Process PERSONALITY IDEAS / PREFERENCES BACKGROUND People Libya Afghanistan Iraq Darfur? TURF HISTORY RESOURCES PERSONALITIES SITUATIONAL NATIONAL POLITICAL HISTORICAL Organizations POLICY/STRATEGY The interagency “process” consists of three main components: People, institutional Processes, and Organizations. The People or leaders involved will bring to the table their personalities, experiences or background, ideas/preferences, etc; These People will come from Organizations steeped their own unique beliefs, goals, history, culture, etc; Add to this equation the particular crisis/situation with unique historical, political, and nation-state relations with others; and stir gently in a Process having its own turf issues, history, “group mentality,” and stakes: and Try to formulate national or regional policies and strategy for Implementation. OK. I’ll give it a shot. [next slide] BELIEFS/GOALS CULTURE HISTORY POWERS Implementation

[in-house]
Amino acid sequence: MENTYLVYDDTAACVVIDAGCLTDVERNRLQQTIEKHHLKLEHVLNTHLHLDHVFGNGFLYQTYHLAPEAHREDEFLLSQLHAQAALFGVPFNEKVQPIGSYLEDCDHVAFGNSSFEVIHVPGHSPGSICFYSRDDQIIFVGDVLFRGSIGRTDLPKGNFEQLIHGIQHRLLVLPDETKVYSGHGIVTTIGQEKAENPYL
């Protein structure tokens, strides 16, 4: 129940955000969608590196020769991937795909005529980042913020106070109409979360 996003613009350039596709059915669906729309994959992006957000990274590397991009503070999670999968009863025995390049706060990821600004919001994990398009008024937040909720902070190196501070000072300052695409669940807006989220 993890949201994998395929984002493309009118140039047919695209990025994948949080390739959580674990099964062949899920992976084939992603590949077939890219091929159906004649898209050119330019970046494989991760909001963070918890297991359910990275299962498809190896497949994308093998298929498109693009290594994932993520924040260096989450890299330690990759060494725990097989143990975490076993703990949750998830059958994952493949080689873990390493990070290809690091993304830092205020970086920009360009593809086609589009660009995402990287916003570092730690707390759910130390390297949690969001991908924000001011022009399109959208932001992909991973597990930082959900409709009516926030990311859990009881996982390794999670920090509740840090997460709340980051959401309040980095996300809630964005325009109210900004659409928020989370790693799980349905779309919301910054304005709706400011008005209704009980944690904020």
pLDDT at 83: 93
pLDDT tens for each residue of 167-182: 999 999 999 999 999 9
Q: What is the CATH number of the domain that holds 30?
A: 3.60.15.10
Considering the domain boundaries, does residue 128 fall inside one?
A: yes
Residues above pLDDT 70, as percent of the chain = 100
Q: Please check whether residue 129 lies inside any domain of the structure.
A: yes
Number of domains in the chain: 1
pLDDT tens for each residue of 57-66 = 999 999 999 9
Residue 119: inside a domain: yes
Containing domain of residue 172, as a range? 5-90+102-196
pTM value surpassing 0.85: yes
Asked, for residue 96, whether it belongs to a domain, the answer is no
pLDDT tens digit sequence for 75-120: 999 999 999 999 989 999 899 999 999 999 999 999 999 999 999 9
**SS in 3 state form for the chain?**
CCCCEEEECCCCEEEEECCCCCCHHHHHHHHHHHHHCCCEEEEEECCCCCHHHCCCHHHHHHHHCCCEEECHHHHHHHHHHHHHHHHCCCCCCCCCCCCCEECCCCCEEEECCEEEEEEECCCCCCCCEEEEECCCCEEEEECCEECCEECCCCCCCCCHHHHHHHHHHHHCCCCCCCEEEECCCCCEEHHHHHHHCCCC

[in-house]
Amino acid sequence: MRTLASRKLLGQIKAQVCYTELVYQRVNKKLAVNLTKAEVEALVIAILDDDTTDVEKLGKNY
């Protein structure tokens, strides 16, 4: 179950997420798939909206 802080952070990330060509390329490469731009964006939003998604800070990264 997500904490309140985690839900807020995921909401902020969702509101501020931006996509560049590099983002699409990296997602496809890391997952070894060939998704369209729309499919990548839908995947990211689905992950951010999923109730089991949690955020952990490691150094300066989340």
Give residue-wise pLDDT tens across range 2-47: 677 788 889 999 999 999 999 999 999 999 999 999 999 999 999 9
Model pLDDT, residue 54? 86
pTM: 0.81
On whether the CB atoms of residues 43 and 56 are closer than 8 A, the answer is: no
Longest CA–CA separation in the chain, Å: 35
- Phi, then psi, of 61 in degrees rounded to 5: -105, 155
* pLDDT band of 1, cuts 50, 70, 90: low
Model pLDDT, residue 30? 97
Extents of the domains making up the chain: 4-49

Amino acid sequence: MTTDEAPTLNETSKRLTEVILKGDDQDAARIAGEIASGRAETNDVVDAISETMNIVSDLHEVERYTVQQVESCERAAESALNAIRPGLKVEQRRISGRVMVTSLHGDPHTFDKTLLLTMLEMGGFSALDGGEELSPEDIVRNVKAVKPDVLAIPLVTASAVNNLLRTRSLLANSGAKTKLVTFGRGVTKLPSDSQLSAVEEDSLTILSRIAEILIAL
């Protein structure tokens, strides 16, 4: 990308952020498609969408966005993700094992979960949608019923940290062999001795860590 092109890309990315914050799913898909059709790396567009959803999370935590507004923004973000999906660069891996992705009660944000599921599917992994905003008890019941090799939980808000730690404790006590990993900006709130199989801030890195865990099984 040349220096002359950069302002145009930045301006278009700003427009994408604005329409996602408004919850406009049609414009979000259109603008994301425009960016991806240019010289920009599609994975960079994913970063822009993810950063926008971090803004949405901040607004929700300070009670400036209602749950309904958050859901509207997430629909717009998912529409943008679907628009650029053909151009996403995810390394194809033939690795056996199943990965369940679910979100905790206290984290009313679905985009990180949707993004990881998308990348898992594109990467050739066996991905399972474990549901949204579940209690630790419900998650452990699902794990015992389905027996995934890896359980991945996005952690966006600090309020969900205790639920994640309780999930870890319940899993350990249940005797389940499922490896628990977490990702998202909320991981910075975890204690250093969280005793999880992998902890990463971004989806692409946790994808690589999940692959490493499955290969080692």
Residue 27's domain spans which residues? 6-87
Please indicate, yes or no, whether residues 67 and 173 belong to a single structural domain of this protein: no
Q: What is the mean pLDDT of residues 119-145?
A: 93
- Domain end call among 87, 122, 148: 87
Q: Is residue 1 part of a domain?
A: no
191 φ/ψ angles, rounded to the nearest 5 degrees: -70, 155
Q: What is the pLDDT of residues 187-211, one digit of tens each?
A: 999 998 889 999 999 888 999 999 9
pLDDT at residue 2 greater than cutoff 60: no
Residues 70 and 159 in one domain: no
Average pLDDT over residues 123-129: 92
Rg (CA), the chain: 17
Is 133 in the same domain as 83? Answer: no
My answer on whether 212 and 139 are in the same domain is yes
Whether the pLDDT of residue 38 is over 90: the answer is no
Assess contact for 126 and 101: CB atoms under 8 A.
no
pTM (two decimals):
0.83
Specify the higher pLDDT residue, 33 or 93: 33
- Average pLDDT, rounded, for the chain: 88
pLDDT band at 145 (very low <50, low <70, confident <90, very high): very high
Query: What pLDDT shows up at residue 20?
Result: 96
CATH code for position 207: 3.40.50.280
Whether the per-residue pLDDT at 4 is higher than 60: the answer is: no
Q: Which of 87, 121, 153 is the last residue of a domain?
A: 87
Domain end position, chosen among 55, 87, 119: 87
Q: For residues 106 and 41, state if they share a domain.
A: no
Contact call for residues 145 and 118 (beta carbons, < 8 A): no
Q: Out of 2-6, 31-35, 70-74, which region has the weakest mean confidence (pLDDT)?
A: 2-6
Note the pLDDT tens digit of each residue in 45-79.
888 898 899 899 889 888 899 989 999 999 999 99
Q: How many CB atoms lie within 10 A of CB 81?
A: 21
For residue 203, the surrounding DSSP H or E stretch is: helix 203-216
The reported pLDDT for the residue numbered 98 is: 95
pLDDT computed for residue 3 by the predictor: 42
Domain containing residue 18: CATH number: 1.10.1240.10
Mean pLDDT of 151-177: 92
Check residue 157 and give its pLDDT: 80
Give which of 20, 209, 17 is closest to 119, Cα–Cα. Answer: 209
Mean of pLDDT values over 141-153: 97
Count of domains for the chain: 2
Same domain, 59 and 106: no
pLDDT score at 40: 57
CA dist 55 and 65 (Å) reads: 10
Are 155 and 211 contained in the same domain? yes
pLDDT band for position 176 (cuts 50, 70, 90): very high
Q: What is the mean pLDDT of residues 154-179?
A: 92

9 Instruments of National Power
Law Political Military Diplomatic Economic The Situation Financial It takes a coordinated effort of the interagency to synchronize our instruments of national power. Different agencies and departments have responsibilities within each of the realms shown here. Obviously we handle our business well as the “military” instrument of national power; we have little or no control over other instruments other than through influence and consensus building efforts. So, essentially, this is our greatest challenge—or opportunity. [next slide] Informational Socio-Cultural Intelligence

10 Seven Degrees of Interagency Partnering